Thursday, September 29, 2016

Greener Than Envy

I have a soft spot for green diamonds. There are so few of them, that most people have only seen them in photos.

natural green pear shaped diamond

Dresden green diamond

Take the Dresden Green diamond for instance.
Well . . . actually you can't take it. This robin's egg sized green whopper has lived in Dresden, Germany for the last few hundred years. It is about 41 carats in size but valuers claim it likely weighed closer to 100 carats in the rough.  This rare stone is naturally colored of course. When it came on the scene in 1722, enhancement capabilities did not exit for inducing color in a diamond.

Like some genuine green diamonds on the market, the Dresden green diamond obtained its apple green tint from natural exposure to radioactivity underground.  Since that is what happened to earth mined diamonds resulting in their green hue, modern methods in the lab can also create green stones after subjection to irradiation.

All good. Still I came across some interesting stones recently---green moissanite which gives a pretty good rendition of the sparkly green  story,

green moissanite ring
Moissanite is a manufactured stone made from silicon carbide--the stuff used in manufacturing LED light bulbs. As a diamond alternative it's hard, durable and less costly than its diamond counterpart. It's actually more brilliant than a diamond,  yet it's luster is vitreous compared to diamond's adamantine luster. It's pretty straightforward to separate moissanite from diamond by gemologists owing to moissanite's double refraction.

Now that moissanite is produced in color, I'm thinking it's an interesting stone in its own right.

Moral of this yarn is if you get bit by the green diamond bug, you actually have a few options that make it affordable to collect.. The Dresden will never be in someone's private collection. Many certified natural green diamonds also are outside most people's reach. But irradiated natural diamonds are affordable in the enviable hue. And now that moissanite offers greenies to boot, well, it just widens the field even more doesn't it?

Thursday, September 1, 2016

Twinkle Twinkle Little Stars

We love gemstones for their color, and sometimes surprisingly unusual hues, and even their rarity. Here's one more thing to love about precious stones. Occasionally a corundum (that's sapphire and ruby you know) is formed with natural needle like inclusions deep within the crystal rough.

Robert Procop star ruby ring

Looking Deep Within
Clever cutters recognize these desirable traits and exploit the stone's special inclusions by cutting the gem en cabochon instead of faceted. The result? The hidden needles emerge in a star-like pattern across the top of the domed jewel.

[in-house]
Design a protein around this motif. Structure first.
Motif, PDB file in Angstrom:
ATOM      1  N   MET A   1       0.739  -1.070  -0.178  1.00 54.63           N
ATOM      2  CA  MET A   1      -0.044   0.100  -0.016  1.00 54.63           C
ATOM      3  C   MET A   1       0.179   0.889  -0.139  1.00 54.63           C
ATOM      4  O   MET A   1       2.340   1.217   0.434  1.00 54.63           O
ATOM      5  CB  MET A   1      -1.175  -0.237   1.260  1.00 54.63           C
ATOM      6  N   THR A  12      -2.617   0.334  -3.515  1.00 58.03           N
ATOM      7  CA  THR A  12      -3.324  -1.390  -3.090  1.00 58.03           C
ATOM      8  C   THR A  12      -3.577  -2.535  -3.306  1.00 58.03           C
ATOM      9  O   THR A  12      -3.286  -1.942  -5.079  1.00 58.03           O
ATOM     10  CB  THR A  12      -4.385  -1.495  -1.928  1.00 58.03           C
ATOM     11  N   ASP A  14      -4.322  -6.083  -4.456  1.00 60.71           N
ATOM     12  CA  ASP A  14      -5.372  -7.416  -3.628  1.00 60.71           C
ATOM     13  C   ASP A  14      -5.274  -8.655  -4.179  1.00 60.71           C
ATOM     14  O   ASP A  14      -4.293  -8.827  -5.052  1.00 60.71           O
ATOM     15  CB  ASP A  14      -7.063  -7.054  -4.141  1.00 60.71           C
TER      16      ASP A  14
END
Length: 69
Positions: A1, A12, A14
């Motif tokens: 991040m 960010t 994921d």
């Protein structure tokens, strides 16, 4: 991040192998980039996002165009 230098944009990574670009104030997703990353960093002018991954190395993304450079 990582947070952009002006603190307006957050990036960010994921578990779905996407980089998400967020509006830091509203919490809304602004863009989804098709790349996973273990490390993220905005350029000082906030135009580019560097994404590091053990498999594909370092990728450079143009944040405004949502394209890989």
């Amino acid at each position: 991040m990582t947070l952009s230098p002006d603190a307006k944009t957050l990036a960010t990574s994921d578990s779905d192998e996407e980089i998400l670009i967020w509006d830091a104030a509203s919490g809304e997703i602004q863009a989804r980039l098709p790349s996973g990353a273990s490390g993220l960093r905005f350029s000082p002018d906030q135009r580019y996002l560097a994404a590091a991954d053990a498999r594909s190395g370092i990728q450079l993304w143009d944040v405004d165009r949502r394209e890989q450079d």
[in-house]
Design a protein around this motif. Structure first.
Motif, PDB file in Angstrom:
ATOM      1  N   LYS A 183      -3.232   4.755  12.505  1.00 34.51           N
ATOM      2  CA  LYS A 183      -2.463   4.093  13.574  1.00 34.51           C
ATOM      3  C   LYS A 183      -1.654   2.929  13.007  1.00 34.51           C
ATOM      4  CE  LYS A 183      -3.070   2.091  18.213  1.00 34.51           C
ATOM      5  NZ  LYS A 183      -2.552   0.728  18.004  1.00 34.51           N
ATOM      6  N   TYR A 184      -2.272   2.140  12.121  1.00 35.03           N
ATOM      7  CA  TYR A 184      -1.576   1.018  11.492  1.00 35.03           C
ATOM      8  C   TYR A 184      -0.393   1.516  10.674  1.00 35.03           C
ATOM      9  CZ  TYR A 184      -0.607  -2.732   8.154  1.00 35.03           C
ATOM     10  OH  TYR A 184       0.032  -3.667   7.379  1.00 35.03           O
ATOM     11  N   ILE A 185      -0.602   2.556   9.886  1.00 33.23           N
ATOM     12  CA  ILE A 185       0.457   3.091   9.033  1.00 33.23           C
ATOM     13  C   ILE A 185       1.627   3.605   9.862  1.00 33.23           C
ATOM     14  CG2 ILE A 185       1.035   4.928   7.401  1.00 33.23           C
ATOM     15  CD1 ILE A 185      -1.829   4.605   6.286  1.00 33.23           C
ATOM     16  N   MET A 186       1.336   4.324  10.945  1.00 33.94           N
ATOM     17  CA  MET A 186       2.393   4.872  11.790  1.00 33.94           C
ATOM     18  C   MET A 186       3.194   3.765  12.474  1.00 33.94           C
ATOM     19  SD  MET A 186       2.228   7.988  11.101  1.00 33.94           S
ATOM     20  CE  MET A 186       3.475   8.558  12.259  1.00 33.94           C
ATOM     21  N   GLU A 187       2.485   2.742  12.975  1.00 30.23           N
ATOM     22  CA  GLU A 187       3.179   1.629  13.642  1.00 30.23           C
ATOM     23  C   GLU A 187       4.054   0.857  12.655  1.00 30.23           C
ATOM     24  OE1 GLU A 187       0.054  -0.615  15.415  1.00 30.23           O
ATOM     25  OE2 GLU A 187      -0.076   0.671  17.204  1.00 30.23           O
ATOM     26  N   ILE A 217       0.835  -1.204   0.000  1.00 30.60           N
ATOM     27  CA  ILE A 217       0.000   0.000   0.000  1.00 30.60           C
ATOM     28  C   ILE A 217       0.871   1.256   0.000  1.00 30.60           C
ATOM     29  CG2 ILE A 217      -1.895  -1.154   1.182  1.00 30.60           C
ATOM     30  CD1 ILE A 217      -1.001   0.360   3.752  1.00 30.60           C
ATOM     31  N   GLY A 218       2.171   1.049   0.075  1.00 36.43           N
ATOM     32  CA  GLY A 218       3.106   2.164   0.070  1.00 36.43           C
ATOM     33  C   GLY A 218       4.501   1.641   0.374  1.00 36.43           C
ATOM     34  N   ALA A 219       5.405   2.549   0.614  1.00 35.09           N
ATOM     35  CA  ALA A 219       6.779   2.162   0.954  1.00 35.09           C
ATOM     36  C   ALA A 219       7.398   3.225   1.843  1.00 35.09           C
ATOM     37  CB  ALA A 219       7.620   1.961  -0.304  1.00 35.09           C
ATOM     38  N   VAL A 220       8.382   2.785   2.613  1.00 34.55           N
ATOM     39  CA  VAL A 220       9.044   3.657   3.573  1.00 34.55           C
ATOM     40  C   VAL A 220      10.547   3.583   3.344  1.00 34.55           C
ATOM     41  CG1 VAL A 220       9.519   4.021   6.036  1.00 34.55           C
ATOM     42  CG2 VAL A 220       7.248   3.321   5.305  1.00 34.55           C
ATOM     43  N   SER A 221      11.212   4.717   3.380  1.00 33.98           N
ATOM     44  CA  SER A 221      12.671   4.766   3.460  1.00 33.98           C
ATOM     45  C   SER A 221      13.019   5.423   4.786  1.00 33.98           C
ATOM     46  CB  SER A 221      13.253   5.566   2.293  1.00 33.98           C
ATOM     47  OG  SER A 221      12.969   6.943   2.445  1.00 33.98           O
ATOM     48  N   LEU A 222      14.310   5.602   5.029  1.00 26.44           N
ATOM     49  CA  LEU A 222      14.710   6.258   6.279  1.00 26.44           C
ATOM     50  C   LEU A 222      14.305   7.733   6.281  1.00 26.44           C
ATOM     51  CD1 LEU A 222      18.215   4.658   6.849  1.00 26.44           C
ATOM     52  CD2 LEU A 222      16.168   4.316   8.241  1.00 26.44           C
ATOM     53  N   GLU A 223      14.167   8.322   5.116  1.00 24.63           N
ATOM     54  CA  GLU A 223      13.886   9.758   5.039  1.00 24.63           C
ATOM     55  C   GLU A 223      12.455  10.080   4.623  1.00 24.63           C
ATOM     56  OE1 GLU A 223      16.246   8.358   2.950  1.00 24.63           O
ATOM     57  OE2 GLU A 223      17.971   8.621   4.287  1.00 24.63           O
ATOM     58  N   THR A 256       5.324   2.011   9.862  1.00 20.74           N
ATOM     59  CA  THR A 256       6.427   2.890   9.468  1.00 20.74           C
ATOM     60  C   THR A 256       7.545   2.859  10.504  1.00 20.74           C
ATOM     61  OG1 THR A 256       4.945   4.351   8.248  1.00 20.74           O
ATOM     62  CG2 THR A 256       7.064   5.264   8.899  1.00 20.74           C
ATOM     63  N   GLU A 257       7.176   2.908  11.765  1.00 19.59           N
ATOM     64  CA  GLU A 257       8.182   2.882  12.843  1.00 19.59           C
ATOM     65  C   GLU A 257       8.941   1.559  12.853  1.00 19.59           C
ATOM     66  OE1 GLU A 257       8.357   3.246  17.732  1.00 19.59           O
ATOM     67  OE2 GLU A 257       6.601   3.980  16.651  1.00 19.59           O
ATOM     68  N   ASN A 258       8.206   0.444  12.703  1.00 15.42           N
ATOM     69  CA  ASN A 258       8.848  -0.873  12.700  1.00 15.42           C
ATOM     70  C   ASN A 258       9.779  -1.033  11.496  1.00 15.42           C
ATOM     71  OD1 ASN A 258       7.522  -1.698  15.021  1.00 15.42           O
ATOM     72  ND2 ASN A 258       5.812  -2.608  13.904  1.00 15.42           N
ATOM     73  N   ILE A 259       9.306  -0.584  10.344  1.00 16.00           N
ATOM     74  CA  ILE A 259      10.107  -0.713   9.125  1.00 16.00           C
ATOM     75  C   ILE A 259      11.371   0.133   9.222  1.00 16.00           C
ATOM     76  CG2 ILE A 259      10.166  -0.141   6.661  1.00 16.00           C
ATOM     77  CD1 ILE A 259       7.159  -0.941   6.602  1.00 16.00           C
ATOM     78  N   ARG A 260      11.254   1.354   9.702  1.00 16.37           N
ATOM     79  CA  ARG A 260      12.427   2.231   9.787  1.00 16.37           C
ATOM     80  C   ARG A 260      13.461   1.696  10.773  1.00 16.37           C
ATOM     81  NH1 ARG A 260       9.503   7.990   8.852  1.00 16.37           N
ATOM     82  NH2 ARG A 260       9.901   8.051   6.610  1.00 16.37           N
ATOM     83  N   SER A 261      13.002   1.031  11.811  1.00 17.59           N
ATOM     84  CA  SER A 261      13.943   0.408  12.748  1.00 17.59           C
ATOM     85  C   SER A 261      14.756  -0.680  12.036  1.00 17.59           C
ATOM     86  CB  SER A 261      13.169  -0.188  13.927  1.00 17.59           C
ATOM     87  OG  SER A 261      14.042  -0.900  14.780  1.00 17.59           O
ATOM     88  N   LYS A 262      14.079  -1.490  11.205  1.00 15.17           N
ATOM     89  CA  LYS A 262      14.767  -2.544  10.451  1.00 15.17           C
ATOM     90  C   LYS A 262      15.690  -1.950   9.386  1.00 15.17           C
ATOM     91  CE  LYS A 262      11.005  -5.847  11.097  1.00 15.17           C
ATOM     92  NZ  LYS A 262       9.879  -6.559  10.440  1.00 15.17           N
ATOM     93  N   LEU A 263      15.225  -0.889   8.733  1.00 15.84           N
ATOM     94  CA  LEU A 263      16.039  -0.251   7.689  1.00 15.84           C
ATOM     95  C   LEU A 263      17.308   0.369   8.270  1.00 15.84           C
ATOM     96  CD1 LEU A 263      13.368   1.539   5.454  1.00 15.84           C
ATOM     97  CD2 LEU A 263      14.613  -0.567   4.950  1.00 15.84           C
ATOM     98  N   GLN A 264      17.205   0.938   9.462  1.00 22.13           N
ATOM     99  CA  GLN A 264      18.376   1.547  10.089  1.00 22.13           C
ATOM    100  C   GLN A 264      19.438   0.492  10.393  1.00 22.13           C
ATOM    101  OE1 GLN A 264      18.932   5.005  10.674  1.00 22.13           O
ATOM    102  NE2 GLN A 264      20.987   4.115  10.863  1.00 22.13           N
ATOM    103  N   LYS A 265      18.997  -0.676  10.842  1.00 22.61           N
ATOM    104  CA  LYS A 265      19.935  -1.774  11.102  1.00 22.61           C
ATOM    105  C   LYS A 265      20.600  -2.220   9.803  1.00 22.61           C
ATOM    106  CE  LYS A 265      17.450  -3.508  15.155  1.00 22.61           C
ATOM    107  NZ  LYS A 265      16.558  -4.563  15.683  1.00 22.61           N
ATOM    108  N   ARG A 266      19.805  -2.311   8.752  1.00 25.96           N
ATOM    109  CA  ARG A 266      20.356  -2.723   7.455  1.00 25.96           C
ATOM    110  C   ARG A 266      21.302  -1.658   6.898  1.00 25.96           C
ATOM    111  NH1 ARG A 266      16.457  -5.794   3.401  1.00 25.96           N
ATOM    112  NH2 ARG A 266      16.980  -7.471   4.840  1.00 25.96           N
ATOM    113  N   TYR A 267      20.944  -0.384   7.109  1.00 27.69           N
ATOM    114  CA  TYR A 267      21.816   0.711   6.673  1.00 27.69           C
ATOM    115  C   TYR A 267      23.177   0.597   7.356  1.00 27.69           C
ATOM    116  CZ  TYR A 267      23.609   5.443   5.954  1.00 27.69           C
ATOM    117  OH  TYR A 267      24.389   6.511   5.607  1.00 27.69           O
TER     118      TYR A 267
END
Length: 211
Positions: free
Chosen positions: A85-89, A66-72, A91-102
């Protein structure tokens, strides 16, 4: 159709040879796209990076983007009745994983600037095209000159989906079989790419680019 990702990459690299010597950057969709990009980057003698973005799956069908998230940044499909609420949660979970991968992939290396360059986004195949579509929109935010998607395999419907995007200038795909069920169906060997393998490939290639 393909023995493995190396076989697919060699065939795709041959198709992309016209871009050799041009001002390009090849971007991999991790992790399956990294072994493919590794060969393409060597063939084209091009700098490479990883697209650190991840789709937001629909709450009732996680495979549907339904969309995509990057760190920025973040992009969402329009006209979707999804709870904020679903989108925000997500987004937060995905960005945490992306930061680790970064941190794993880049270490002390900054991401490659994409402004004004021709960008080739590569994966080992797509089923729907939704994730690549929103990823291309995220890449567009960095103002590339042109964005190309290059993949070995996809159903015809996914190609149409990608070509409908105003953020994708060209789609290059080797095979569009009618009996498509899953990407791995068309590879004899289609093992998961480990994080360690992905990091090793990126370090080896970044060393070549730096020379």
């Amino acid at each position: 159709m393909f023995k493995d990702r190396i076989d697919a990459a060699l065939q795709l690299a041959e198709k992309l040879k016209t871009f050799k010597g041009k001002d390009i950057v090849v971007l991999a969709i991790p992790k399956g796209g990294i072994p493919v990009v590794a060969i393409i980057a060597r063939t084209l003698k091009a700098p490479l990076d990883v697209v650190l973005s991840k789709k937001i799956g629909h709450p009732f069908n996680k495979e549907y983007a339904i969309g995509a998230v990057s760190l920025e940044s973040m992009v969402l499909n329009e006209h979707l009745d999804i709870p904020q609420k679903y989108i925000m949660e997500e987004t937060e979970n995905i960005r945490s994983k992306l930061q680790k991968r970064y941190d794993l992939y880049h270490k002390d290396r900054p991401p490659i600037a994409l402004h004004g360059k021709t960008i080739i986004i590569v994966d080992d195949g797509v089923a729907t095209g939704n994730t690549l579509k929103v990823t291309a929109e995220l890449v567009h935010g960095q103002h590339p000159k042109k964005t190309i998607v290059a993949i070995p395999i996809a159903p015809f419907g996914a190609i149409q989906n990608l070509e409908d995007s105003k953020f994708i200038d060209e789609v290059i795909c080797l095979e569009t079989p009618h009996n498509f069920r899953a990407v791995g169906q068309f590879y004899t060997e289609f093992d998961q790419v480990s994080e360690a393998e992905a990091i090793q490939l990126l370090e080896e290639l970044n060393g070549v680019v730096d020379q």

4-6-12 and Wiggly
They are then called star stones--as in star ruby or star sapphire. The rays are often 6 coming down from the top center of the polished dome of the stone. But a stone can have 4 rays, even 12. After all this is a natural occurrence we're revealing, so the variety is pretty individual.

12 ray black sapphire
The Straighter the Better
The straighter and sharper the rays, and the farther they go down the side of the cabochon, the more value they contribute to the stone. Wavy rays or shortened rays lessen the value of a star stone but nevertheless the stone is still a bit rare and certainly individually distinct.

wiggly-wavy 6 rayed star Lavender sapphire Art Deco period

Look-a-Likes are Loverly
As with all genuine stones that are coveted, their desirability often generates manufactured look-a-likes.Such is the case with star stones. From the 1950s through the 1970s a created stone called the Linde Star sapphire was made. Essentially its star was fabricated onto the created stone. They are still collectible and hold a certain charm today for collectors.

Linde Star sapphire circa 1960

So whatever star you are wishing on--whether one with 4 or 6 or even 12 rays--whether man-made or earth grown--you'll find these twinkling star stones are guaranteed to make your jewelry wishes come true.

Sunday, August 21, 2016

Granny's Chips

Britain's Queen Elizabeth II has an empire full of jewelry--and it's the most expansive in style, gem types and shear quantity. It's believed to be the most extensive jewelry collection in the world. And fortunately the world gets a glimpse into her bijoux from time to time when she wears them in public. But it's said that she wears her beloved jewels everyday in private too. Why on earth not?

The Biggies
The biggest of the big are lovingly and cheekily referred to as "Granny's Chips" and what chips they are. Look at the closeup of her brooch fashioned from the 3rd and 4th largest stones of the Cullinan diamond. This historical stone was found in the earliest part of the 20th century. It was over 3,100 carats when recovered at the Premiere Mine in So. Africa.

Real Cut Ups
Originally, these, called the Cullinan III and Cullinan IV were set in Elizabeth's grandmother's coronation crown. As you see it here, the 158 carat piece is fashioned into a stunning brooch.

"Well, how big is that," you're wondering? Let me illustrate.

Will that do? Oh that will do nicely, thank you.